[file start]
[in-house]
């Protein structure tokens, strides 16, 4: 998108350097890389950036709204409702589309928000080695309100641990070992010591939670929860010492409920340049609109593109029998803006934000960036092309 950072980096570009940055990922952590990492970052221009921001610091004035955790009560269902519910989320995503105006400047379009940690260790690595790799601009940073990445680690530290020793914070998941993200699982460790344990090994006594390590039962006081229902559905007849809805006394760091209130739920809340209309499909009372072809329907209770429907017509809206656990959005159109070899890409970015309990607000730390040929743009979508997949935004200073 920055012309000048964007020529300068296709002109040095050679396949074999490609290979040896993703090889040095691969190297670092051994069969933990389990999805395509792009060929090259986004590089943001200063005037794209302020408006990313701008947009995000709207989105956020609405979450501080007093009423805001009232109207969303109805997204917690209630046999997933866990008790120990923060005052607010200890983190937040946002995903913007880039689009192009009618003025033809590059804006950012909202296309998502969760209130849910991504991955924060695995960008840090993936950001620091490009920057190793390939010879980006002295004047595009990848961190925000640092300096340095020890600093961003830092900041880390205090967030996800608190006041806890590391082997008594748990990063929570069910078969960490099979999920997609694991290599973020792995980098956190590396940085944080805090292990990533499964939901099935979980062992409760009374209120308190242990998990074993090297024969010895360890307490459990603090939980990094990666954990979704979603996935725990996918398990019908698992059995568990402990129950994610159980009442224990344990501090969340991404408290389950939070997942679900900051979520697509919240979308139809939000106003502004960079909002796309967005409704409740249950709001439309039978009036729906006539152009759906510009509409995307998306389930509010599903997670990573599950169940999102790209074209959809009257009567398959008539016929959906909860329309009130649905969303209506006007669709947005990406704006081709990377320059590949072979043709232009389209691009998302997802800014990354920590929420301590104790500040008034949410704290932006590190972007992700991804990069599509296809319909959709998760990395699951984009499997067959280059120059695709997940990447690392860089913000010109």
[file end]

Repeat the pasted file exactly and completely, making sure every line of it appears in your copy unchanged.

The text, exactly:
[in-house]
């Protein structure tokens, strides 16, 4: 998108350097890389950036709204409702589309928000080695309100641990070992010591939670929860010492409920340049609109593109029998803006934000960036092309 950072980096570009940055990922952590990492970052221009921001610091004035955790009560269902519910989320995503105006400047379009940690260790690595790799601009940073990445680690530290020793914070998941993200699982460790344990090994006594390590039962006081229902559905007849809805006394760091209130739920809340209309499909009372072809329907209770429907017509809206656990959005159109070899890409970015309990607000730390040929743009979508997949935004200073 920055012309000048964007020529300068296709002109040095050679396949074999490609290979040896993703090889040095691969190297670092051994069969933990389990999805395509792009060929090259986004590089943001200063005037794209302020408006990313701008947009995000709207989105956020609405979450501080007093009423805001009232109207969303109805997204917690209630046999997933866990008790120990923060005052607010200890983190937040946002995903913007880039689009192009009618003025033809590059804006950012909202296309998502969760209130849910991504991955924060695995960008840090993936950001620091490009920057190793390939010879980006002295004047595009990848961190925000640092300096340095020890600093961003830092900041880390205090967030996800608190006041806890590391082997008594748990990063929570069910078969960490099979999920997609694991290599973020792995980098956190590396940085944080805090292990990533499964939901099935979980062992409760009374209120308190242990998990074993090297024969010895360890307490459990603090939980990094990666954990979704979603996935725990996918398990019908698992059995568990402990129950994610159980009442224990344990501090969340991404408290389950939070997942679900900051979520697509919240979308139809939000106003502004960079909002796309967005409704409740249950709001439309039978009036729906006539152009759906510009509409995307998306389930509010599903997670990573599950169940999102790209074209959809009257009567398959008539016929959906909860329309009130649905969303209506006007669709947005990406704006081709990377320059590949072979043709232009389209691009998302997802800014990354920590929420301590104790500040008034949410704290932006590190972007992700991804990069599509296809319909959709998760990395699951984009499997067959280059120059695709997940990447690392860089913000010109």